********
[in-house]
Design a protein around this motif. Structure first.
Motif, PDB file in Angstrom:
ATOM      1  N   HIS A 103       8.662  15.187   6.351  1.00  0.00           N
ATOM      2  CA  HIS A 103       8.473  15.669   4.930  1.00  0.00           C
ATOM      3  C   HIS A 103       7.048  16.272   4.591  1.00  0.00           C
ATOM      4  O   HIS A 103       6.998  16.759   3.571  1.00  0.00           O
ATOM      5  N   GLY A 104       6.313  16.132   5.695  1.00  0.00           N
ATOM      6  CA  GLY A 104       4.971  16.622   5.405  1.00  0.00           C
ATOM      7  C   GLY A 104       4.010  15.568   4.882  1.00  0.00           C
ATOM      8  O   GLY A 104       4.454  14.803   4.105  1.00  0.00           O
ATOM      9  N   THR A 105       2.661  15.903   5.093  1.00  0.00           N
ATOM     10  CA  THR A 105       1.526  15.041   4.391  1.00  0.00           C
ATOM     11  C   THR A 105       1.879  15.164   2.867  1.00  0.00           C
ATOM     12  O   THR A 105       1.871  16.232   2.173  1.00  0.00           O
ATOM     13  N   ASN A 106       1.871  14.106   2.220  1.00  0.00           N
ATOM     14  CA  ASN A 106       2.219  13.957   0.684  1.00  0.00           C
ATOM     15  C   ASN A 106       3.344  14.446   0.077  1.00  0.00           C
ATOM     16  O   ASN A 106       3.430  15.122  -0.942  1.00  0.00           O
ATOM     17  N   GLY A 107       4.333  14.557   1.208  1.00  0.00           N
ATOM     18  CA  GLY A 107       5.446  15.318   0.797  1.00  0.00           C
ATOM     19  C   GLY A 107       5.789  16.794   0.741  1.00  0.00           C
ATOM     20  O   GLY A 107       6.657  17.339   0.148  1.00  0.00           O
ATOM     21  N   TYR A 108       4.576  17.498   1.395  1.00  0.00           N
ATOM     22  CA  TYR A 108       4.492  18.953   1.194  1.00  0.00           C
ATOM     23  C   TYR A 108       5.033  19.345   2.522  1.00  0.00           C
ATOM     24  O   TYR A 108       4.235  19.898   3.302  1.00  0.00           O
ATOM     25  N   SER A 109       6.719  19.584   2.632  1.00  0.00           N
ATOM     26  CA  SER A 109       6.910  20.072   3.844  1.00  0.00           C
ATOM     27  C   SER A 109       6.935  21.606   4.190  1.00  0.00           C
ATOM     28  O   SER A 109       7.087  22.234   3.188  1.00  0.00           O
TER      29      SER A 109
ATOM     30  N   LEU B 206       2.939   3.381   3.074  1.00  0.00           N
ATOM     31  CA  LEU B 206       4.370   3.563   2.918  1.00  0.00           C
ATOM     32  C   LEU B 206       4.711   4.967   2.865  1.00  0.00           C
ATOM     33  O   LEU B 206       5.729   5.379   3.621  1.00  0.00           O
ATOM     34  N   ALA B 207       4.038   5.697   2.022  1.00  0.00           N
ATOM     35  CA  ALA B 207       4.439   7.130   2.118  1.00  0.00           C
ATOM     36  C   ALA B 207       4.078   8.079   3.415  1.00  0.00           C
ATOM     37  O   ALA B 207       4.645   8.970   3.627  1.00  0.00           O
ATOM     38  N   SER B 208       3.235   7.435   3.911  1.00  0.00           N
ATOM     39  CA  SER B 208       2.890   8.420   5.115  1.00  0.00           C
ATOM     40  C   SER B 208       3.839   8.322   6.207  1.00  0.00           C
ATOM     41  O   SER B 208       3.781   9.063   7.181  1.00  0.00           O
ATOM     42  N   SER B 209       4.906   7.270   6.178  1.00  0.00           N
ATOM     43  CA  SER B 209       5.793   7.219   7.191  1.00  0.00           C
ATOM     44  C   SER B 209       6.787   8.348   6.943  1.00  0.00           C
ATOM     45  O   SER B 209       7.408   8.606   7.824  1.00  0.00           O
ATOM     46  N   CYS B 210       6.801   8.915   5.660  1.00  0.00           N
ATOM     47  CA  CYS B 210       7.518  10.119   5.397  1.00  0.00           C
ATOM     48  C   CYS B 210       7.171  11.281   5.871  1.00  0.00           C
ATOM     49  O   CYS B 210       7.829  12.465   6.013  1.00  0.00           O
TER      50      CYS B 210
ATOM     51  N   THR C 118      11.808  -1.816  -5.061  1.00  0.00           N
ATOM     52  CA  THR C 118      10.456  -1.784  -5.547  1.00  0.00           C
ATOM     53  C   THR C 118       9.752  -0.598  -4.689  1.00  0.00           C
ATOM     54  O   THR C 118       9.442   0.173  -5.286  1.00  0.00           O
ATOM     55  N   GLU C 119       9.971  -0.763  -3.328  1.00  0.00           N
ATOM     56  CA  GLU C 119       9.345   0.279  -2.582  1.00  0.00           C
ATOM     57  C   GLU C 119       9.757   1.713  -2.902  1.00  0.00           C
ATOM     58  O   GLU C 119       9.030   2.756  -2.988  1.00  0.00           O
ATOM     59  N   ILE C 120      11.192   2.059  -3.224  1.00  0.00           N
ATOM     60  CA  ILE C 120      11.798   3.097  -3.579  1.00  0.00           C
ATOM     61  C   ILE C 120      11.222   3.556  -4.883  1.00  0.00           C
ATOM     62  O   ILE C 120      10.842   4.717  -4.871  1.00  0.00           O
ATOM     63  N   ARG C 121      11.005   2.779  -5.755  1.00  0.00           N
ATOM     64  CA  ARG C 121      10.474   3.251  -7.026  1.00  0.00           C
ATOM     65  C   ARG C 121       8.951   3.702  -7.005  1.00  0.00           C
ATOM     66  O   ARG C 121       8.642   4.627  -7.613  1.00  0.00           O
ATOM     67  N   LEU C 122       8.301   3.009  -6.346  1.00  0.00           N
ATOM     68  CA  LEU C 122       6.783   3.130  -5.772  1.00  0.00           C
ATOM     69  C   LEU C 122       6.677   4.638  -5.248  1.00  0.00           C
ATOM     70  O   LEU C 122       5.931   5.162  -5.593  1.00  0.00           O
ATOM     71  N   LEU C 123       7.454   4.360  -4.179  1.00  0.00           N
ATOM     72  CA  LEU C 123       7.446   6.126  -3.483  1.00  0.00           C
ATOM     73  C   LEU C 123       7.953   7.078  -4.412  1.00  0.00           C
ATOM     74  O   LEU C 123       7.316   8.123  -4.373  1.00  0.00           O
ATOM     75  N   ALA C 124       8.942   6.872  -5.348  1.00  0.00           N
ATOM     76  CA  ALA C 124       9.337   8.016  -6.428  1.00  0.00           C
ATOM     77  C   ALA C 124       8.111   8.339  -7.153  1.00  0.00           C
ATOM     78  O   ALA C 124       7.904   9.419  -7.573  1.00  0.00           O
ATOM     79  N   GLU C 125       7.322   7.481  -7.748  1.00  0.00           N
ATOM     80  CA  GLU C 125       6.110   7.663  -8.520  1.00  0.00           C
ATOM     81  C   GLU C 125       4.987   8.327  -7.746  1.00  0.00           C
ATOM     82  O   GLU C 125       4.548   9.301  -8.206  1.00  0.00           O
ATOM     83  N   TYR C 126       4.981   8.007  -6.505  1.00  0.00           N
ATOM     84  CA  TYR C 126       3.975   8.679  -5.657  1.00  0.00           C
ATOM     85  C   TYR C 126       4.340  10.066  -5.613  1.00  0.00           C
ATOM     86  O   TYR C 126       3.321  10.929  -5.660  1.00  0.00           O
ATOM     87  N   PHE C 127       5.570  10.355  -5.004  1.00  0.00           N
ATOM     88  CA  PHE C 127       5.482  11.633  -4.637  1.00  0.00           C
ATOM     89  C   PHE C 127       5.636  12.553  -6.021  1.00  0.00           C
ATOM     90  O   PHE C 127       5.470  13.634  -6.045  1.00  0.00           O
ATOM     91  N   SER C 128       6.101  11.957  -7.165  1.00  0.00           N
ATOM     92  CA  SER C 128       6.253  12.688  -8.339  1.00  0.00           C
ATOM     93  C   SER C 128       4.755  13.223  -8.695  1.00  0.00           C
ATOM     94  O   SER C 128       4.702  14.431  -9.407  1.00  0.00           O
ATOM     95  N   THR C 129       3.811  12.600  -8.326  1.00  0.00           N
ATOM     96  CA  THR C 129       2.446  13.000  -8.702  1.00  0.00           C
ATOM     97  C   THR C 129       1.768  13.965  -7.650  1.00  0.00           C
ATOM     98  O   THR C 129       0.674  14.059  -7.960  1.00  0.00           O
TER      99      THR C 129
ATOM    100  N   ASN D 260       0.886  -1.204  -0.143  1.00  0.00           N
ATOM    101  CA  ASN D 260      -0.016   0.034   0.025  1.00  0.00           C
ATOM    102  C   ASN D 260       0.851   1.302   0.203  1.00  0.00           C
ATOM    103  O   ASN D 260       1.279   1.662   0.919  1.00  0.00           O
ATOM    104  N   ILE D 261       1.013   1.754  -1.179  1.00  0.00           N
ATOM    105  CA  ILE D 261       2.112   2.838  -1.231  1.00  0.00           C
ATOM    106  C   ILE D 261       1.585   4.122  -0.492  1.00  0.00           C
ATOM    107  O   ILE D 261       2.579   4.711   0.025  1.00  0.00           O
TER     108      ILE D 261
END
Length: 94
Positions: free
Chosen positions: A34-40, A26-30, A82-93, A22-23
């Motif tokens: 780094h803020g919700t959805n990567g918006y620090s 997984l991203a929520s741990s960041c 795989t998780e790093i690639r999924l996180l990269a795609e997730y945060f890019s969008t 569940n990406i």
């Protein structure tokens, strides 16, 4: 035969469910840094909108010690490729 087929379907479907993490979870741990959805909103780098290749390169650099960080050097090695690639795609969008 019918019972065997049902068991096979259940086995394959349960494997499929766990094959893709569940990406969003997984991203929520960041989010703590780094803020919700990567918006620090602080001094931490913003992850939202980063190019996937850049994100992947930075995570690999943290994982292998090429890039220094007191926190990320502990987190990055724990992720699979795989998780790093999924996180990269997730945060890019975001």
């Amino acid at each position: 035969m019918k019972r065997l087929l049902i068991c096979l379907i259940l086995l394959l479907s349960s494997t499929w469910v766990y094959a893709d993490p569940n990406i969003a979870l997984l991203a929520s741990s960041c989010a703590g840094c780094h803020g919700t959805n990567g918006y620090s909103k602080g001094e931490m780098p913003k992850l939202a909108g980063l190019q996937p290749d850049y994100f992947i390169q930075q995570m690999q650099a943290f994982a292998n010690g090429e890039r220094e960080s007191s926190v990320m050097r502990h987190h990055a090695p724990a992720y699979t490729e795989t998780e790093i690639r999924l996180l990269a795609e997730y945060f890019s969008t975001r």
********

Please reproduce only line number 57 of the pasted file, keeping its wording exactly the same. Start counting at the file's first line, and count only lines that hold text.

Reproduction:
ATOM     54  O   THR C 118       9.442   0.173  -5.286  1.00  0.00           O